This column was originally published on RealMoney on Jan. 8 at 8:43 a.m. EST. It's being republished as a bonus for readers. For more information about subscribing to RealMoney, please click here .

We haven't had a stock with the virtuous circle going for it in a long time. Don't know what that is? It happens when a stock goes higher; as it goes higher, it solves a lot of the balance sheet problems that would otherwise haunt it.

That stock is Level 3 ( LVLT).

I know I have repeated myself often about Level 3. I think I have to, though. The stock is not well-liked, not because of its products or strategy -- I don't know anyone who thinks that ultimately a company that has spare bandwidth and programs to manage the onslaught of online video is a bad buy. Especially when it is run by a seasoned survivor of the telco wars, Jim Crowe.

Why is it so unloved? Simple: The balance sheet is just awful.

How can you cure a balance sheet? Simple: You get the stock higher so the company can issue equity to cure the bad balance sheet. I think that could be the way that Level 3 gets out of the very real jam that could occur as the company's debt schedule matures.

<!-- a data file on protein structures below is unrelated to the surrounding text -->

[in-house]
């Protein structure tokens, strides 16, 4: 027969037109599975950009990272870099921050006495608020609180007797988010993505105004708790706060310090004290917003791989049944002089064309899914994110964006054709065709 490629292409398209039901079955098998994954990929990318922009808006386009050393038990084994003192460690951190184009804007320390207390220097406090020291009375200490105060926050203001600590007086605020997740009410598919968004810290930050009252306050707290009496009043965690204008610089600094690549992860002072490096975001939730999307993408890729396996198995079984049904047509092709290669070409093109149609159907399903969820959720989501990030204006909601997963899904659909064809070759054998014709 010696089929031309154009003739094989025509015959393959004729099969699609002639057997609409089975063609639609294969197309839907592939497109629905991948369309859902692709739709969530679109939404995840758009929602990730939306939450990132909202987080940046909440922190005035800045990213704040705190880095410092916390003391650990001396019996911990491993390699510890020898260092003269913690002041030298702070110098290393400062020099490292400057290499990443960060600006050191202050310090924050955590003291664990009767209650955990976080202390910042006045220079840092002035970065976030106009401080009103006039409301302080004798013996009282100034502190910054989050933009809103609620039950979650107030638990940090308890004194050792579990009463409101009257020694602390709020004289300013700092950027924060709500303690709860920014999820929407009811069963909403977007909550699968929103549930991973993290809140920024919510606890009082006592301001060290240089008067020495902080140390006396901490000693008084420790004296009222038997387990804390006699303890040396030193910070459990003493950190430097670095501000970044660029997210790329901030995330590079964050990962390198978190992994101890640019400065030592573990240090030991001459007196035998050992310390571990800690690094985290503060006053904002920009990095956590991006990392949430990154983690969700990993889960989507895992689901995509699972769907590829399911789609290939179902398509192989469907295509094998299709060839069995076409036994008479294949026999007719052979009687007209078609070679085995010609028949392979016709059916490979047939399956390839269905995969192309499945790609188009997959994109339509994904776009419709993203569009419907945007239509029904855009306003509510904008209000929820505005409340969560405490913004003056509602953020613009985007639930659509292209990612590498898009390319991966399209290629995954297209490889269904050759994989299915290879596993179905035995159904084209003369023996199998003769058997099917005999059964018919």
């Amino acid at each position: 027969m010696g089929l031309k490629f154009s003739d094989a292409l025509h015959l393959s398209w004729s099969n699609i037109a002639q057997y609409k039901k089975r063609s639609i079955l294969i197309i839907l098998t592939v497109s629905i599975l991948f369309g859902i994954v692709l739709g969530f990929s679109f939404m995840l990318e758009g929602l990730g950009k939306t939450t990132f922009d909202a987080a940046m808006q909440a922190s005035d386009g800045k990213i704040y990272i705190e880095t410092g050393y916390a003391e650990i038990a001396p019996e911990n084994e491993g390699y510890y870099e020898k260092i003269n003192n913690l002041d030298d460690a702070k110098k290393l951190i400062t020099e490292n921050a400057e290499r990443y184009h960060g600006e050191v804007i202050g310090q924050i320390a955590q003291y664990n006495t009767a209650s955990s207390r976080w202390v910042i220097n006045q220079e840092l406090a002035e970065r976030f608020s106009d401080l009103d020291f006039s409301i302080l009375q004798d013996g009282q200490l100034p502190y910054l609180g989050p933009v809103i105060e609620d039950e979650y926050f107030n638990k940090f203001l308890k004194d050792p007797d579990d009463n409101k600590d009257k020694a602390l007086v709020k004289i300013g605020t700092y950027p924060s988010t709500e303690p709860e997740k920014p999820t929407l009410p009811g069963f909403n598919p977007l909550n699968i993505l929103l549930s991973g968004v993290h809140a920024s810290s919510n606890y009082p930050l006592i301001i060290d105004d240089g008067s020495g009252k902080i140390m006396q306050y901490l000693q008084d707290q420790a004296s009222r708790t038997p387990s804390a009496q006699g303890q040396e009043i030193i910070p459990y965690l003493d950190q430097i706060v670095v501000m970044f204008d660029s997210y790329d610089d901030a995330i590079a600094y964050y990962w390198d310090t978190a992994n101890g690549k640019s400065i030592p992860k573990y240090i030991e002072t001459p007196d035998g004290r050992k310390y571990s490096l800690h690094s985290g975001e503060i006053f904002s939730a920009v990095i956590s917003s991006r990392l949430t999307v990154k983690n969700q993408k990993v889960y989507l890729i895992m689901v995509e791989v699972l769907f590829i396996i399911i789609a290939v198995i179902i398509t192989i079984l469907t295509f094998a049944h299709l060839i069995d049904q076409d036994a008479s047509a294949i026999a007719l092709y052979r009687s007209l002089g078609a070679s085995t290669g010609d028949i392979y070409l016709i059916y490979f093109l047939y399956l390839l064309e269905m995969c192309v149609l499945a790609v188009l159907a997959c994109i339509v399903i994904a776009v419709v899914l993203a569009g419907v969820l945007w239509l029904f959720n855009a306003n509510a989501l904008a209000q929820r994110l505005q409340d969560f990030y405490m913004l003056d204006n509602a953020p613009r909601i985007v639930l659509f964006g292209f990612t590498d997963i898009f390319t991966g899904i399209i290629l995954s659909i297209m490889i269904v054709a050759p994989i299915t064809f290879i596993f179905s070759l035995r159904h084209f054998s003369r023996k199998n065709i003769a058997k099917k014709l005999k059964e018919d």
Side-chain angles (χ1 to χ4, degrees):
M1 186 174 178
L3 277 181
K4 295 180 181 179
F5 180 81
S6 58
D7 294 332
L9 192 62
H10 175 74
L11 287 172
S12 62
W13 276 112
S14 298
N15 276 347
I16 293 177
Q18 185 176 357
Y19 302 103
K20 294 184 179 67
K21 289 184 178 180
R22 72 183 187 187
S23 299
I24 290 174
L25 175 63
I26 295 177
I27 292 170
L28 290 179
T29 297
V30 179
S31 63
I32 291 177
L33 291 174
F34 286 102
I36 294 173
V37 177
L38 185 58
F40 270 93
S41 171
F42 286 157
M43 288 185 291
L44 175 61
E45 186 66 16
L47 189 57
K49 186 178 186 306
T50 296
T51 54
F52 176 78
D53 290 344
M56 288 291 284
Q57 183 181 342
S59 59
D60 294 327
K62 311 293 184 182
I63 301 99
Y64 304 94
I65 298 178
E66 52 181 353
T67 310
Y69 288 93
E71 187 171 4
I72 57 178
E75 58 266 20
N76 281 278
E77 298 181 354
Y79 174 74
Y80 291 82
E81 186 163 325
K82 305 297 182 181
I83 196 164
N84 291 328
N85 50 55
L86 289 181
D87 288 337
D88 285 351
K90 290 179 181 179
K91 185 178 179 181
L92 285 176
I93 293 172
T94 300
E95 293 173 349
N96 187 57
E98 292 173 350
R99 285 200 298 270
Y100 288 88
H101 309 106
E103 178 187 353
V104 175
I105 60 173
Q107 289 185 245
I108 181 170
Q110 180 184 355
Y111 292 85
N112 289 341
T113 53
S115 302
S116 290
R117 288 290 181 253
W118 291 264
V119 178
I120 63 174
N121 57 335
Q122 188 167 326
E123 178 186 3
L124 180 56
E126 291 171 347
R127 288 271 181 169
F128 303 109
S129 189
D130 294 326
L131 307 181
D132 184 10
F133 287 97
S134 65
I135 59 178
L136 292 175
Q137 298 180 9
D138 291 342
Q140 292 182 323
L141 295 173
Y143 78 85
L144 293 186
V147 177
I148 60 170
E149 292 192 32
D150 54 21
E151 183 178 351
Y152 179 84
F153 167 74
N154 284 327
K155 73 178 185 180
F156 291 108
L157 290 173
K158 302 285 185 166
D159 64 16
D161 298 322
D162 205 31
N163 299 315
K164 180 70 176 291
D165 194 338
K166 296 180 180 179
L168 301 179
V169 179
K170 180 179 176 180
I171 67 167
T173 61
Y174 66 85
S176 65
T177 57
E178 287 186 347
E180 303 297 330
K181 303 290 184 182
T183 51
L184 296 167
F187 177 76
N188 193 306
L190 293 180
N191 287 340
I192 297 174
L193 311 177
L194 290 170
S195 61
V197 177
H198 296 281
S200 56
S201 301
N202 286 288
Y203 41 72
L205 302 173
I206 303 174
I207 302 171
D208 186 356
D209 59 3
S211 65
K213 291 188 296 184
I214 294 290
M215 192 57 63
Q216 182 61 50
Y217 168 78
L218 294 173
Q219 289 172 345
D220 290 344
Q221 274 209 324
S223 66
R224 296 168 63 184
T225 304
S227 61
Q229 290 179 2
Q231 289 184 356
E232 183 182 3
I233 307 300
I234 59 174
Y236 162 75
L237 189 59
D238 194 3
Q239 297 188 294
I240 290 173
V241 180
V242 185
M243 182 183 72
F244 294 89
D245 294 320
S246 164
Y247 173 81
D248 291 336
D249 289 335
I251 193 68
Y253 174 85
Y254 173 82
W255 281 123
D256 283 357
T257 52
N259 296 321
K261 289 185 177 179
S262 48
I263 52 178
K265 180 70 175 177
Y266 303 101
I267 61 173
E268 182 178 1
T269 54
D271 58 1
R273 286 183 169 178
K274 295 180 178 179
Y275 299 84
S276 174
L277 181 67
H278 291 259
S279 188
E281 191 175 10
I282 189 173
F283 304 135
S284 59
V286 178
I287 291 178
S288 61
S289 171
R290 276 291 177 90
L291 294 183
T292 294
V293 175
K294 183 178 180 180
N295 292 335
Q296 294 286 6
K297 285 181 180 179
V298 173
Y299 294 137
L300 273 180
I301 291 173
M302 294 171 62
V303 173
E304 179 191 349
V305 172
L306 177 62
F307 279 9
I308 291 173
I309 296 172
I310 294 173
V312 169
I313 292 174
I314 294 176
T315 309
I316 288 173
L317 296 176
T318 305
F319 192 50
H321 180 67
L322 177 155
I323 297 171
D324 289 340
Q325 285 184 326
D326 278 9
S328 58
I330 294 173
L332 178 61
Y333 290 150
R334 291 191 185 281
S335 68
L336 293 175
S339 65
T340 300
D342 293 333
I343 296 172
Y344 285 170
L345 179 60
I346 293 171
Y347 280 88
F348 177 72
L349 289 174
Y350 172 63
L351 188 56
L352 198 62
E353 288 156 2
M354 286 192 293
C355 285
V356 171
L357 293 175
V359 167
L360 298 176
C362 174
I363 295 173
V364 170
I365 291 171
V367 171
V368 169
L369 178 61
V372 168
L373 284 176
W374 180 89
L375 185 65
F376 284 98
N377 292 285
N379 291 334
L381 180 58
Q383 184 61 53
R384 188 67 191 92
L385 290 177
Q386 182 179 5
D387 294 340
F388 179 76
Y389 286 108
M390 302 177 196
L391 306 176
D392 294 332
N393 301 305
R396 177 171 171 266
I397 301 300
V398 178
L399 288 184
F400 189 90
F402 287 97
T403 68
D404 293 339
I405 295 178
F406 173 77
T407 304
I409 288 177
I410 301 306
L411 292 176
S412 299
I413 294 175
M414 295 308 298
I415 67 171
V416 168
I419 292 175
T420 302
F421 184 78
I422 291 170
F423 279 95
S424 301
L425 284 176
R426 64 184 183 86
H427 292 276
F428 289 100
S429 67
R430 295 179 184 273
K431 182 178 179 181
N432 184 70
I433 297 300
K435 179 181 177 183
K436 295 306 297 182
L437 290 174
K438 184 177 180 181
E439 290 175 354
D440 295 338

Even without it, as the business does better -- and it seems to be on that way, witness the JP Morgan number bump this morning on the closing of the Broadwing ( BWNG) deal -- watch the bonds. If you own the bonds, you could easily see that this company's free cash flow is going very positive. That gives Level 3 a chance to refinance with a lower coupon, especially when you consider that rates are very low, much lower than when management loaded up the boat with debt.

I urge you to consider this company the way you may have considered Qwest ( Q) just as recently two years ago when its stock was at $3. At that point, many people believed there was no way Richard Notebaert could make any headway against that balance sheet from hell. They were wrong.

The bears -- of which there are plenty -- will be wrong about Level 3, too.

Random musings: The Goldman downgrade on Wal-Mart ( WMT) is very right. There's nothing there; why get excited? What's needed is a management change, plain and simple.
At the time of publication, Cramer was long Goldman Sachs.

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